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Pet Bucket Blog

Dealing with Anxiety in Cats

 by jaime on 22 Jun 2014 |
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Many people think that all cats are confident and self-assured, but experienced cat owners know better. Cats can suffer from anxiety, depression and other mental health issues just like dogs, and it is up to their owners to get them the help they need. If your cat displays signs of anxiety, like sudden mood changes, unwarranted aggression, hiding or lethargy, you need to identify the source of the problem and work to resolve it.
 
Identify the source
Before you can solve an anxiety problem in your cat, you first need to determine what makes it anxious. Few cats are anxious for no reason; most cats display anxiety in response to a specific stimulus. Identifying that stimulus is half the battle when dealing with an anxiety problem in your pet.
 
If you have other pets in the house, their interactions with your cat could be causing stress and anxiety. Take the time to watch your cat with your other pets. Does your cat leave the room when the dog comes in? Does it hide from your other cat or show aggression?
 
Human family members can also be the source of anxiety in cats. Young children in particular may play too roughly or disturb the cat while it is sleeping. Setting boundaries and teaching your kids to play nicely with the kitty can go a long way toward solving the problem.
 
Work slowly to resolve it
Once you have identified the source of the anxiety, you can work on solving the problem and making your cat feel better. If your cat is scared of the dog, slowly introducing the two can break the tension and help your cat get over its fear. If other cats are the problem, setting up a neutral meeting place to introduce the two and let them work out their issues can be helpful.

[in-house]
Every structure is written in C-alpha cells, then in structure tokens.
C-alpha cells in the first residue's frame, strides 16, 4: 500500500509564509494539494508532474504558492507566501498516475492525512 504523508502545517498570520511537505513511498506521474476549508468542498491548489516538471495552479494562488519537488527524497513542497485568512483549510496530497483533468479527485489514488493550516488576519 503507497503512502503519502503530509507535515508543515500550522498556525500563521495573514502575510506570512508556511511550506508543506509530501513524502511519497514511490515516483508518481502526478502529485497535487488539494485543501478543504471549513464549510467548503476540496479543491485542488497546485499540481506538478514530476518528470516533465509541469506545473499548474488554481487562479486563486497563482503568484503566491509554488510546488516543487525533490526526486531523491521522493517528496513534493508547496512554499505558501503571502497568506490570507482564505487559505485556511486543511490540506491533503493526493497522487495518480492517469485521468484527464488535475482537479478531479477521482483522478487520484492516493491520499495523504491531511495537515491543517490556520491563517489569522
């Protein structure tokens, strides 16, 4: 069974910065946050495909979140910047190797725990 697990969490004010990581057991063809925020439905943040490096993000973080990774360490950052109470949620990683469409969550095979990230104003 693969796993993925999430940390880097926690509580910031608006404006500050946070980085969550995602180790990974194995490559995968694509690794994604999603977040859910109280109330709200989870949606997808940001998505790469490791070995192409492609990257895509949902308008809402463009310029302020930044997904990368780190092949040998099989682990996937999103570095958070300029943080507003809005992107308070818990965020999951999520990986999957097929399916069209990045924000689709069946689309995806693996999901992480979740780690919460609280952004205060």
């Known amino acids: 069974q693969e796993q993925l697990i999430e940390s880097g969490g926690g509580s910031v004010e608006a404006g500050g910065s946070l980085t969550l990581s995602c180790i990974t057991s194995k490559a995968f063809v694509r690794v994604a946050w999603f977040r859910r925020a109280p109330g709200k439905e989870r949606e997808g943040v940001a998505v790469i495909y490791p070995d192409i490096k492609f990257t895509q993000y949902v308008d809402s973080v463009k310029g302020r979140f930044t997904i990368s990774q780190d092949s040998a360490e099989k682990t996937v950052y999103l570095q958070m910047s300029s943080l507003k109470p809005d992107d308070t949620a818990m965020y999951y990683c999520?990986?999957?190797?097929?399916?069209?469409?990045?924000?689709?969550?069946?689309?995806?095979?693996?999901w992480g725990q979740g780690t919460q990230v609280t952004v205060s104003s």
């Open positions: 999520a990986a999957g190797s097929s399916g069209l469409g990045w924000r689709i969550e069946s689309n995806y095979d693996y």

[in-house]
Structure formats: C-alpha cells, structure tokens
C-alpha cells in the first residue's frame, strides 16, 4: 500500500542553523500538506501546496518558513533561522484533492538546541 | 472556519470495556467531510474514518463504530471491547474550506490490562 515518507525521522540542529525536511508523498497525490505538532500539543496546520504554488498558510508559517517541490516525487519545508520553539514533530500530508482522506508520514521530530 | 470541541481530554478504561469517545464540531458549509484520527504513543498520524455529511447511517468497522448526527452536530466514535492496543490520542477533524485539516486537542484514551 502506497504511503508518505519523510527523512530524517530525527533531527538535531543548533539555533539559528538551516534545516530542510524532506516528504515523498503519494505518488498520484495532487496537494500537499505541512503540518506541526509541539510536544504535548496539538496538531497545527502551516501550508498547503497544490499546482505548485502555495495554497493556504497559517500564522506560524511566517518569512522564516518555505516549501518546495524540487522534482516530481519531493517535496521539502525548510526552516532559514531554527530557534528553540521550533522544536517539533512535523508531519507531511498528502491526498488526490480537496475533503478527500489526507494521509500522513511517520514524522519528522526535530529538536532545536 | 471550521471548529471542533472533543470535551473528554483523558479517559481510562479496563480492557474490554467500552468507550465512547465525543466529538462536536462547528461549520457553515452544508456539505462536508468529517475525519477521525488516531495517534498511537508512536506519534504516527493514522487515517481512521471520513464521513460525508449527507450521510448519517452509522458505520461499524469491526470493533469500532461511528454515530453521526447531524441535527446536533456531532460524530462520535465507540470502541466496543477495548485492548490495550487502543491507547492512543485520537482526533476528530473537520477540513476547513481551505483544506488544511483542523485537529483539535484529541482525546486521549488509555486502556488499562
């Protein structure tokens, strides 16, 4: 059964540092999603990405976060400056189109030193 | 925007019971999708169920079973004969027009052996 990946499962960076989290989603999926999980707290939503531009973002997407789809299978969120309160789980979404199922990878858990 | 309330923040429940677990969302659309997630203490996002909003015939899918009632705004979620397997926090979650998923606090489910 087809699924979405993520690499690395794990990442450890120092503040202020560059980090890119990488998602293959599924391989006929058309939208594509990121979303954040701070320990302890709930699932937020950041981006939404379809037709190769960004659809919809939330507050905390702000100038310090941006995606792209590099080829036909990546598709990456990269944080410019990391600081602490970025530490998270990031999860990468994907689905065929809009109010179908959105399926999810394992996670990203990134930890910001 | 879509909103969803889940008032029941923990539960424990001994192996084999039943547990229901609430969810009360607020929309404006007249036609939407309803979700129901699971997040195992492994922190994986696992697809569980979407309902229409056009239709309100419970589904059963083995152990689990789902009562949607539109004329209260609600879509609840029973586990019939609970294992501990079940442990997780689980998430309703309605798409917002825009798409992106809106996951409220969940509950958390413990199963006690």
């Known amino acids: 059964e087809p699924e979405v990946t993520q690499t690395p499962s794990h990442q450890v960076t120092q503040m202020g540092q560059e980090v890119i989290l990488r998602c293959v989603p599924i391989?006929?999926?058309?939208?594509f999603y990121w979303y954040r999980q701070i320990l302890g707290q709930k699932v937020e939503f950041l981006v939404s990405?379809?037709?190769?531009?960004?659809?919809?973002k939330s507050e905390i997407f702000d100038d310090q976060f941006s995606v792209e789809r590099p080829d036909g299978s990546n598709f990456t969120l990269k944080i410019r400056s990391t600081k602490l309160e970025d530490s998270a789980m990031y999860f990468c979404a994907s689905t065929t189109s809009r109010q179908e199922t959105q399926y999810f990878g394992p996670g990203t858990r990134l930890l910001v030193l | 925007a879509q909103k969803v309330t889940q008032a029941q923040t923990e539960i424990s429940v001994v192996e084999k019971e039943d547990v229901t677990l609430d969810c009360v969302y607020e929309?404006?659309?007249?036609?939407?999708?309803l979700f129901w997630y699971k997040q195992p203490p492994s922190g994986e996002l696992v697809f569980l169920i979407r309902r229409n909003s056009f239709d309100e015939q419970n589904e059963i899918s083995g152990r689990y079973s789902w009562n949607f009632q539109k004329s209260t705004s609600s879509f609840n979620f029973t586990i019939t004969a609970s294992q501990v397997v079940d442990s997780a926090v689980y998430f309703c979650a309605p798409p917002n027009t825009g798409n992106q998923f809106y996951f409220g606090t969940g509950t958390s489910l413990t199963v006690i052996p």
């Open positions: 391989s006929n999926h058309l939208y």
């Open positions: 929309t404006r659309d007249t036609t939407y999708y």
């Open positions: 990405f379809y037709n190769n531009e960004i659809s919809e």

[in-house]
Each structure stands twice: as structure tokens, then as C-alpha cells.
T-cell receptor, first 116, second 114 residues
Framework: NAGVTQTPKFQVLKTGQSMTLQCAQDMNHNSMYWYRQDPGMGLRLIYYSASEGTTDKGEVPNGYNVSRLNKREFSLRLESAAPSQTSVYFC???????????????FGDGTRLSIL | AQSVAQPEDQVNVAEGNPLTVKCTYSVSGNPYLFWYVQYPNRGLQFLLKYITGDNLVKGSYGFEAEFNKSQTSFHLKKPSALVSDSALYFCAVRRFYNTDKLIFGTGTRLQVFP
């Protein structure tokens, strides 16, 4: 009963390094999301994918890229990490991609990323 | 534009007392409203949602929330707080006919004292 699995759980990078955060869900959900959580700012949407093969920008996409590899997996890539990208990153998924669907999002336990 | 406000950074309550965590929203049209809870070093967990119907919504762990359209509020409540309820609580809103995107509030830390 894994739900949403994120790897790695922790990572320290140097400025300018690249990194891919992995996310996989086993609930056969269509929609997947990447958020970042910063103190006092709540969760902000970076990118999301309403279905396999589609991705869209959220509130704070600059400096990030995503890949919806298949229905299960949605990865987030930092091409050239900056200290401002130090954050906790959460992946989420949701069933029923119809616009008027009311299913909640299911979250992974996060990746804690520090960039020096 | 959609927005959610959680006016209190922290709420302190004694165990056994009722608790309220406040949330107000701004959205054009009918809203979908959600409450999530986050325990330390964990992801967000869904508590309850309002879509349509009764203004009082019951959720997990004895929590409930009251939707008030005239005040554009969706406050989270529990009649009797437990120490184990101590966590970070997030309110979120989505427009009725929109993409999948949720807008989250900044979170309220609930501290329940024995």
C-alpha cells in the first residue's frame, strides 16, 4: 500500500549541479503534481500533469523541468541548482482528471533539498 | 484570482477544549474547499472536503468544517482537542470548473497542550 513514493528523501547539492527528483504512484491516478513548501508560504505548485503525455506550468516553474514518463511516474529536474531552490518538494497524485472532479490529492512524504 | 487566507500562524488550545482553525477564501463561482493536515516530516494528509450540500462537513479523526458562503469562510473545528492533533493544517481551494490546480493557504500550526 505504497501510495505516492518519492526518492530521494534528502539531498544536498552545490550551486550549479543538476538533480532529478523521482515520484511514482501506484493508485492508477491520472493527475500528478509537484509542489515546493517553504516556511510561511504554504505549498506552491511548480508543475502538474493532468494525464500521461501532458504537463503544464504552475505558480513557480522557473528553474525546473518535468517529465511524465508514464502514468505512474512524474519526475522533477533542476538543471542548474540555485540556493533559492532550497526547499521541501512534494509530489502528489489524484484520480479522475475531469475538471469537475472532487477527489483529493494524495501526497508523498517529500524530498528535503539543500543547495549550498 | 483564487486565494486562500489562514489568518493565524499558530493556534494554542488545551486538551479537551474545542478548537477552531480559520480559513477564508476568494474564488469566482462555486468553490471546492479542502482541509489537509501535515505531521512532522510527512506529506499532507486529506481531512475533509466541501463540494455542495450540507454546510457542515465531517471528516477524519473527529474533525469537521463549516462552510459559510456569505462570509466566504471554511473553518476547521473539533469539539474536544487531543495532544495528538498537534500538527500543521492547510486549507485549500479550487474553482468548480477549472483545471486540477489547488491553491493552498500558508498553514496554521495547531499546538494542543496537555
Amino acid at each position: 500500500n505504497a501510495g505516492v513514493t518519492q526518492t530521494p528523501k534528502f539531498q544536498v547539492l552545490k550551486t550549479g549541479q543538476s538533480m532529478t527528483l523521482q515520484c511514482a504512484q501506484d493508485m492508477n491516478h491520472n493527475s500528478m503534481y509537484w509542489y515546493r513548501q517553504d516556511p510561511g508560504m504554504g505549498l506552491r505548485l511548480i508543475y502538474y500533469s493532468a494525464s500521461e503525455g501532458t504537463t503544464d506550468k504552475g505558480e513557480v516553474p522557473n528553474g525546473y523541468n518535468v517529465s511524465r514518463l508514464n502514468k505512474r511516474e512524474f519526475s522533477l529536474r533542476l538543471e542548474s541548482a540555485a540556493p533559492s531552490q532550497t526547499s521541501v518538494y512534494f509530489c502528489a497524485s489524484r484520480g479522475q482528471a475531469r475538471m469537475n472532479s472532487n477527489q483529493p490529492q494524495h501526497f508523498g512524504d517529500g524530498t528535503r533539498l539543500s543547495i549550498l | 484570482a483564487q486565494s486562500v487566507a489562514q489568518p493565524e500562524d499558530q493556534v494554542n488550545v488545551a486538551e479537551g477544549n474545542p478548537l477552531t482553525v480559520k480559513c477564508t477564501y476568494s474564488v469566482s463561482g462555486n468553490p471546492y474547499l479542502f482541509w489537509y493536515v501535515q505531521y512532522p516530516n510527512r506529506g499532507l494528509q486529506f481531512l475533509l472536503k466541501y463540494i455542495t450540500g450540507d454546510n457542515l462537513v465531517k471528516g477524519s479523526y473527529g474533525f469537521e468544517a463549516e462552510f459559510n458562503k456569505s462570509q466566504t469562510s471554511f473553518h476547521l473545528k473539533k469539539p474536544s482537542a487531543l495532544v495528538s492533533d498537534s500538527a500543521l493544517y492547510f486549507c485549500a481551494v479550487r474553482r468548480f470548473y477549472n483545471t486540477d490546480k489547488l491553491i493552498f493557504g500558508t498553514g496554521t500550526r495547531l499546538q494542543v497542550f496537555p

Seek help when you need it
If the self-help approach does not work, seeking the help of a professional is always a good idea. Your first stop should be the veterinarian's office. A thorough exam is a good idea for a number of reasons. First of all, the anxiety could be caused by an underlying physical problem. If your cat is anxious and you cannot easily determine the reason, a trip to the vet is definitely in order.
 
In addition, veterinarians have access to a number of calming supplements and drugs that can help your cat deal with its anxiety issues. Herbal remedies can be very helpful for treating anxiety in cats, especially anxiety that is triggered by specific events.
 
If your cat gets anxious when a thunderstorm is looming, adding a bit of calming medicine to its food when severe weather is imminent can stop the anxiety before it starts. If your cat hates the vet, a few calming herbs the morning of your appointment can do wonders.
 
Dealing with anxiety in cats can be a difficult process, but being an informed and observant owner can go a long way. Watching your cat closely can help you identify anxiety problems early, while reading about the problem can help you develop a treatment plan that results in a happier and healthier cat.


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